May is MS awareness month

I have MS. I think life is pretty good, usually. Occasionally I have some wild and wooly symptoms, but for the most part my life is normal. I have been lucky enough that most symptoms resolve and mostly go away. Ive also had long enough now to get used to the idea of MS. I think I could continue to roll with things even if they get a bit more serious. Maybe. Who knows? It might never come to that.

I also have great family members, friends and a super hero spouse. It makes a big difference.

So, May is MS Awareness Month. I thought I’d post a link to it just for some general info. And I found this a while ago – it’s another blogger’s descriptions of symptoms that I’ve also enjoyed and how they feel.

Can You Imagine?

Have you ever had your leg fall asleep? Then you are familiar with that “pins and needles” feeling. It usually passes once circulation is restored to the leg. Now imagine having that “pins and needles” feeling in both legs constantly.

Have you ever had your picture taken and accidentally looked at the flashbulb as the flash went off? Then you are familiar with that “burned out” spot in your eyes. It usually clears up in a fairly short period of time. Now imagine having that burned out spot grow larger and larger until it covers your entire visual field. Then imagine that spot staying with you for months.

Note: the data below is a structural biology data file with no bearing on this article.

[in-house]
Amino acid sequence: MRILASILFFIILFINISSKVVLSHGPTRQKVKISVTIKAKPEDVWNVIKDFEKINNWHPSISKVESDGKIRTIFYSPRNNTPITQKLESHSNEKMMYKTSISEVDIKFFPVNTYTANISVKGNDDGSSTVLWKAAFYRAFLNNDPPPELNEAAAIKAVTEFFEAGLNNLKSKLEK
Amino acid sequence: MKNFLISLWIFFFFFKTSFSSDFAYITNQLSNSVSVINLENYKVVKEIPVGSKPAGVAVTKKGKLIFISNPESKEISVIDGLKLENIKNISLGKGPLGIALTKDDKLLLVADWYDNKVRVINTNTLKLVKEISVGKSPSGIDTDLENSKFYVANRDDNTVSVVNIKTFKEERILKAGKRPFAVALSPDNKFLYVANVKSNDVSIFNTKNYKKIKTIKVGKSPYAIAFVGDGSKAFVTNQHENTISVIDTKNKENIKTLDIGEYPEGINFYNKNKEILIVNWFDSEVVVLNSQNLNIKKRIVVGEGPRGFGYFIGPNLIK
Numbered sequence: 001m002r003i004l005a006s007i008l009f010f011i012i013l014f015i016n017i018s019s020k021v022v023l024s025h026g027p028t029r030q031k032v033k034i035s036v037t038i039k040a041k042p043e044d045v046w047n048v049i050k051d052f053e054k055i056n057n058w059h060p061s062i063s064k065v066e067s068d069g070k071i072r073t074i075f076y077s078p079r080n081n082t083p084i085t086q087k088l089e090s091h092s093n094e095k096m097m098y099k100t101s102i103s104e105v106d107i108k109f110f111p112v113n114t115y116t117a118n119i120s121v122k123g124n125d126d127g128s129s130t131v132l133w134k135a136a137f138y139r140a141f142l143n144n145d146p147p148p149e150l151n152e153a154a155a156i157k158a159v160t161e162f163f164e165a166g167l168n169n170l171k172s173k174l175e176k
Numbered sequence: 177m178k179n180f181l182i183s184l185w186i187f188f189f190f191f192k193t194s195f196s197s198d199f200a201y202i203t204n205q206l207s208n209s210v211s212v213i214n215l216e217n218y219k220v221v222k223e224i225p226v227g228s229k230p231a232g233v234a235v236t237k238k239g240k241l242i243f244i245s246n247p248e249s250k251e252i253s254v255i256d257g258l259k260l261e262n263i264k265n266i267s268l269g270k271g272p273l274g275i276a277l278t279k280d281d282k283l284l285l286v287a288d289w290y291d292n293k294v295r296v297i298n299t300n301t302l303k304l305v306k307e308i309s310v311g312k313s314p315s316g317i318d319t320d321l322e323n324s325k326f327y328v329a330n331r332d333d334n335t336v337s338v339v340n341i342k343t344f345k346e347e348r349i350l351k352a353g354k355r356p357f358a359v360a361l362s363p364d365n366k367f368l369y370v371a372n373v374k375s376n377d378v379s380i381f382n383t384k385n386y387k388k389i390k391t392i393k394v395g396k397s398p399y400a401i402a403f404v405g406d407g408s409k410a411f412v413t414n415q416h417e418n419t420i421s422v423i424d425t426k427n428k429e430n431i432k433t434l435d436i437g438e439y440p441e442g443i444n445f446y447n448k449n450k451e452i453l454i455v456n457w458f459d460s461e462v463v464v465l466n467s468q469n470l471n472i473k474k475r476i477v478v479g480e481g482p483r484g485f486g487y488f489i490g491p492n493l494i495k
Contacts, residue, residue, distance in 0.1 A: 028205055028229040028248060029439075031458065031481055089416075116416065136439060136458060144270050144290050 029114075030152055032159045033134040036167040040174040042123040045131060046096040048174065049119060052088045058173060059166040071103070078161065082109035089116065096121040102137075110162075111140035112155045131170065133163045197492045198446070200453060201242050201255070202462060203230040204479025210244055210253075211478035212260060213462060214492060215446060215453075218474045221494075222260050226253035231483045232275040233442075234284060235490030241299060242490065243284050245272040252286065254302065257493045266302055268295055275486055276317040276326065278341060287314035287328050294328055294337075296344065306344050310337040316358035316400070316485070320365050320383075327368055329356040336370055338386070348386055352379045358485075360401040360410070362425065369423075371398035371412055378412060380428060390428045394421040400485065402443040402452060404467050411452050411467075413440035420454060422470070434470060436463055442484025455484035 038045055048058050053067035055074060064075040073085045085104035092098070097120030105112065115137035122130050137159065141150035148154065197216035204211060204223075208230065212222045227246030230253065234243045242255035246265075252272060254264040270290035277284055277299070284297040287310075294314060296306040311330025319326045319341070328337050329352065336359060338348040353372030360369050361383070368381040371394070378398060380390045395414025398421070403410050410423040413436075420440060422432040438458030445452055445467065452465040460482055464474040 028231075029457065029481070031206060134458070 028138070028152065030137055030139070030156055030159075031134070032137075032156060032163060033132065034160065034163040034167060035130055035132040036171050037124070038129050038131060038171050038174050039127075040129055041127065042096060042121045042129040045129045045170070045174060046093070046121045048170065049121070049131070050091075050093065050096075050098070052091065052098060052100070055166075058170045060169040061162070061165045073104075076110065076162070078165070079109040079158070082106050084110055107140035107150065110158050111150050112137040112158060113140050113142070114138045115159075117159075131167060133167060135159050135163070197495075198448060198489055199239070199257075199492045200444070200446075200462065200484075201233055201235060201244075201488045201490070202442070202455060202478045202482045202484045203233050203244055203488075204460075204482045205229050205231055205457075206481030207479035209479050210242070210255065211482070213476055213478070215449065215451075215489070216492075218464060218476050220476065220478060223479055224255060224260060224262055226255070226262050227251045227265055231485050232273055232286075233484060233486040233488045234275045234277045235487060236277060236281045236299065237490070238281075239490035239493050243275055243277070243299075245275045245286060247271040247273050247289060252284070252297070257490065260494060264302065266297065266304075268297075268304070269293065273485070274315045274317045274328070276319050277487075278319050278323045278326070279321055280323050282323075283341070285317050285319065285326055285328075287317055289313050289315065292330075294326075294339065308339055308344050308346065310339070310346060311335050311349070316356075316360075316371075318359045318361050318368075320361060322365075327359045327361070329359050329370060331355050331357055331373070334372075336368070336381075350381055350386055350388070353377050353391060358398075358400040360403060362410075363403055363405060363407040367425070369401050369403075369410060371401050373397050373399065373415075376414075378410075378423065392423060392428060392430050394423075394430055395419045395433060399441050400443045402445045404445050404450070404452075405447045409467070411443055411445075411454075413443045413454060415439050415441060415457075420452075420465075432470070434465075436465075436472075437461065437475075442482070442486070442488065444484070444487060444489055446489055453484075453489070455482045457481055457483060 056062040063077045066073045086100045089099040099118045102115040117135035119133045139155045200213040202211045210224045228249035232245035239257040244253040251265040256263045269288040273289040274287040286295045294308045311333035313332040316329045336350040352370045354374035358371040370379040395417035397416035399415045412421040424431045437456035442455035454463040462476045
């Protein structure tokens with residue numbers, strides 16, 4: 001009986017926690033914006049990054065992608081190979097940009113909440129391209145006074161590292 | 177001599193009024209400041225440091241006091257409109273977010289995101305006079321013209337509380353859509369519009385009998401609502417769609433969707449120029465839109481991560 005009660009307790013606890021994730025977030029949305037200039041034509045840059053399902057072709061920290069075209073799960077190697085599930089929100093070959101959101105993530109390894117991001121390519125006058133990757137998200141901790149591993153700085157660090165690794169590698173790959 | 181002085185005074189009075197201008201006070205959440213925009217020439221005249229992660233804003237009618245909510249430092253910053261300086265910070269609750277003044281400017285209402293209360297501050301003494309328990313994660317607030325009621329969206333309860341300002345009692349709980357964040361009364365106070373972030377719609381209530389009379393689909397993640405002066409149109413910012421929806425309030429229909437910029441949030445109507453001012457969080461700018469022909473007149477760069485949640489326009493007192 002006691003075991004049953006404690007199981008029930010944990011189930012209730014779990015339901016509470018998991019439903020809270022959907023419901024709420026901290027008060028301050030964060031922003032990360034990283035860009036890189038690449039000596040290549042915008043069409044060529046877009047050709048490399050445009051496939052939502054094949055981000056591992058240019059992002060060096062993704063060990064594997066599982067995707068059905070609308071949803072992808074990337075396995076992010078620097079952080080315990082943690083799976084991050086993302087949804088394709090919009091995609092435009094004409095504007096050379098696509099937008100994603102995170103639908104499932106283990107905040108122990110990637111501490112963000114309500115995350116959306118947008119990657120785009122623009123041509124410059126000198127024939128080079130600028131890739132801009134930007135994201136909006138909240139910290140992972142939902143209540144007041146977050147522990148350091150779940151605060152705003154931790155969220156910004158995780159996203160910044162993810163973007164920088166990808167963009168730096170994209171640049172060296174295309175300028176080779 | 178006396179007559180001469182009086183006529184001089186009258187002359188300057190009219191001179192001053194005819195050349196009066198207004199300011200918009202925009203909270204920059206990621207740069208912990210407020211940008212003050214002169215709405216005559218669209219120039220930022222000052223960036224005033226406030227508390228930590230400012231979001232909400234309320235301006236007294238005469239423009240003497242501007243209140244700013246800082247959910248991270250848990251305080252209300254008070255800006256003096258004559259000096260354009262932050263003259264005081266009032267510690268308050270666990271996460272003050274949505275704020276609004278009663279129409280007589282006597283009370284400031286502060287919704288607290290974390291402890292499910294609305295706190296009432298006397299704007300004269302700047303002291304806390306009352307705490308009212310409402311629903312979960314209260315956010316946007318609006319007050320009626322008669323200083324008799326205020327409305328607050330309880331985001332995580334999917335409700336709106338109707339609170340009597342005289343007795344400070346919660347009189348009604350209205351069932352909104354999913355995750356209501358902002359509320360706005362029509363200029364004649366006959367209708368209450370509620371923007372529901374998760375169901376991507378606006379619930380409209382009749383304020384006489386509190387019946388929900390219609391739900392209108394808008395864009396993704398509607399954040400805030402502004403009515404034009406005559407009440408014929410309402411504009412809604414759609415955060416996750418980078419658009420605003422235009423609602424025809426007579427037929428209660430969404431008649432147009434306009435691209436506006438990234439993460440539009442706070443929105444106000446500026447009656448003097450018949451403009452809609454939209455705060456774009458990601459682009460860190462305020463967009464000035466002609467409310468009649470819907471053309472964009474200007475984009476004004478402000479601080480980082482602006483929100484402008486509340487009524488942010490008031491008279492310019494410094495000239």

Have you ever stood up too quickly and felt dizzy, disoriented? Maybe the room spins? Then you are familiar with vertigo or lightheadedness. It usually passes within a few minutes. Now imagine having that vertigo all day and all night.

Have you ever over-exercised, maybe too much hard work in the garden or too many weekend-sports games, and felt shin splints or sore muscles the next day or two? Then you are familiar with the discomfort of really tight and sore muscles, or “spasticity.” It usually passes in a few days and is relieved with aspirin and BenGay. Now imagine having spasticity in your legs constantly regardless of your physical activity.